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Adjustment Disorders

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  • Adjustment disorders

    All patients must meet the diagnostic criteria for recurrent major depression or bipolar mood disorder. Seasonal affective disorder (SAD) is then a sub-type specifier used to describe temporal variations of these disorders. As such, SAD is not considered a stand-alone diagnosis or comorbid condition to recurrent major depression or bipolar disorder. Common presentations include the initiation or worsening of depressive symptoms during the autumn or winter months, and full remission during the spring or summer months, or hypo-manic or manic symptoms presenting during spring or summer months.

  • Adjustment disorders

    Circadian and neurotransmitter factors are likely to contribute to the pathophysiology of SAD, although the exact mechanism of action remains ill-understood. The suprachiasmatic nucleus (SCN) of the hypothalamus is being increasingly recognised as the 'master regulator' of several systems implicated in seasonal mood regulation. Diminished light during the autumn and winter may cause a phase shift in various circadian rhythms, including sleep-wake cycle, body temperature, hormone levels, and melatonin secretion.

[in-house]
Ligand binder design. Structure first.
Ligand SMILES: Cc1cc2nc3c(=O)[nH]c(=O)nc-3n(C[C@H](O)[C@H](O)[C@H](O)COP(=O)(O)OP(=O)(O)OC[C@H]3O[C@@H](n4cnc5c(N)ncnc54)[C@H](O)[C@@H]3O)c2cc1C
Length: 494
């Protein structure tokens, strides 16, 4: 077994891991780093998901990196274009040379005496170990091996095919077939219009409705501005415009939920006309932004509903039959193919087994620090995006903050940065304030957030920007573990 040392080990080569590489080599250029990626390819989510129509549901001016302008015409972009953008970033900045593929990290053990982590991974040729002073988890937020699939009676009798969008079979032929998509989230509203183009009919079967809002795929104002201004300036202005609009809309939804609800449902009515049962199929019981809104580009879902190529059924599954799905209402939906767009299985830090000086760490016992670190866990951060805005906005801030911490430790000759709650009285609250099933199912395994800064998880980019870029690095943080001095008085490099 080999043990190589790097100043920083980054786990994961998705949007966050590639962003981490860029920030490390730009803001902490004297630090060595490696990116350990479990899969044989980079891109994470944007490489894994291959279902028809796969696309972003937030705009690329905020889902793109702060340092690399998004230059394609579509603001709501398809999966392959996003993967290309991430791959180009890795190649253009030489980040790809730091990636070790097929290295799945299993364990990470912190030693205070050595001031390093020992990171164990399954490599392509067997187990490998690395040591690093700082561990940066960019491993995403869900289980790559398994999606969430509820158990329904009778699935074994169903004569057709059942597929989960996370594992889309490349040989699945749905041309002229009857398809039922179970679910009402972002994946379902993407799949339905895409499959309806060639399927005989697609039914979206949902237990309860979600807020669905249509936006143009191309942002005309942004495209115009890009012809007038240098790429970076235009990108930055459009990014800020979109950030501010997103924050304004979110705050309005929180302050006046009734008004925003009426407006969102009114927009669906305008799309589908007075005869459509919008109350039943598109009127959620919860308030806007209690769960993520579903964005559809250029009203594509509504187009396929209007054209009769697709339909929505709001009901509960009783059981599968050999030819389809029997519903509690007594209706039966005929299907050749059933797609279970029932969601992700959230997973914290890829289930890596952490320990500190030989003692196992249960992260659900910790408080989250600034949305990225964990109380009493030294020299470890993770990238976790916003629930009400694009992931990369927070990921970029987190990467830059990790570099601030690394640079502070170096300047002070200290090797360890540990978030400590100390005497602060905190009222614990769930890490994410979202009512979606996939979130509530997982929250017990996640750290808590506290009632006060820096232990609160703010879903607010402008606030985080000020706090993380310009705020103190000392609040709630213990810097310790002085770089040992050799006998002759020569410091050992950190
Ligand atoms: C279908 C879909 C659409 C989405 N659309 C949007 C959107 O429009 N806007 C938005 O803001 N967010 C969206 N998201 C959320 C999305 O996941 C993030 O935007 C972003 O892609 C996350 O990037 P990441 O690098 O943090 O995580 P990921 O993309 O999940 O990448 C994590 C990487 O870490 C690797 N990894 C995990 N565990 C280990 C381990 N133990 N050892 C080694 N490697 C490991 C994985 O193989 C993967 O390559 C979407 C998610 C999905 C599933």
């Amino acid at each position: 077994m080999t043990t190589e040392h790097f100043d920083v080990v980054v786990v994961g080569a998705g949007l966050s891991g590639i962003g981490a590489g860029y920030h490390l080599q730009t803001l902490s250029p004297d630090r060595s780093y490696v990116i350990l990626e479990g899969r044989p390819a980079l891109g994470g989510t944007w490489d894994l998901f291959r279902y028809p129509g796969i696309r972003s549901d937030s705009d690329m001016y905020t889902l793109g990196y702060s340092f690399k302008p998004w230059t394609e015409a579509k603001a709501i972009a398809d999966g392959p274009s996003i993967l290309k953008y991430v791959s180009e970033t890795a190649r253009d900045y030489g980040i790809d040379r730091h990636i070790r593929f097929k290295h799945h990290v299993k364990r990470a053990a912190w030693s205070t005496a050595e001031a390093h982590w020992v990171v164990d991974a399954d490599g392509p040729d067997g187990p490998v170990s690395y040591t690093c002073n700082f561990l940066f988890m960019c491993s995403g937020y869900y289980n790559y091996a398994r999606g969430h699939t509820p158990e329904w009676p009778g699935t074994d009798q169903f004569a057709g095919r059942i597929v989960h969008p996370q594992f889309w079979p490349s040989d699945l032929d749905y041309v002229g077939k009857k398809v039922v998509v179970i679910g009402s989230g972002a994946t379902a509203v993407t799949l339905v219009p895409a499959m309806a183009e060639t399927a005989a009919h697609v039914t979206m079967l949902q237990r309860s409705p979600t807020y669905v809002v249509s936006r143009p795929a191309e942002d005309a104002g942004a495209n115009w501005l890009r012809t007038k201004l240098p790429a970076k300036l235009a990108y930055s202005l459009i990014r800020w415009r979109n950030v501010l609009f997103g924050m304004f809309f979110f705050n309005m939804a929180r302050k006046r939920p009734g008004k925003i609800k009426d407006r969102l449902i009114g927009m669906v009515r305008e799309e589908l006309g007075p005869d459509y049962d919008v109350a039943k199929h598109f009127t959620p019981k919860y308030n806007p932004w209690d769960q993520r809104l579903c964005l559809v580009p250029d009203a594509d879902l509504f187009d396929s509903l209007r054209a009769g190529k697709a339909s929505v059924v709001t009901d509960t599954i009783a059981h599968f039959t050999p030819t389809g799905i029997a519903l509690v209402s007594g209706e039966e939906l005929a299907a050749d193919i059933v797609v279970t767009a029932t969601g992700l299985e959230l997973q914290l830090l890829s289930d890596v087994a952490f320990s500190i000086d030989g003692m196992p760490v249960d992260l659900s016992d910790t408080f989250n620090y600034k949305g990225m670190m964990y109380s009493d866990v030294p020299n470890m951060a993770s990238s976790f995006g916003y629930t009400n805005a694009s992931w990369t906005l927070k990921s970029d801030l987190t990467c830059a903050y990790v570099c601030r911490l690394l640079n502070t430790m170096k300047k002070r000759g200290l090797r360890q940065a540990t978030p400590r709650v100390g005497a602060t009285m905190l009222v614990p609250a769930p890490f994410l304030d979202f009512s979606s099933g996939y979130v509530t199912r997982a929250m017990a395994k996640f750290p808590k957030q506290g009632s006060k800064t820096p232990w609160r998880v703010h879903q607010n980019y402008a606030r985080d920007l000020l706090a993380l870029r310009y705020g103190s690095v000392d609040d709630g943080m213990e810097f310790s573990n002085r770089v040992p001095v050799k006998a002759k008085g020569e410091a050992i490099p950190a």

• Adjustment disorders

    The agening of the population is the major force driving the epidemic of chronic diseases. In 2000, 7% of the Chinese population were aged 65 years or older, and more than 400 million Chinese adults are now aged 20–39 years. If current trends continue, by 2040 the group aged 65 years and older will have increased to almost 20% of the population.The ageing of the population alone is predicted to produce a 200% increase in deaths from cardiovascular diseases in China between the years 2000 and 2040.

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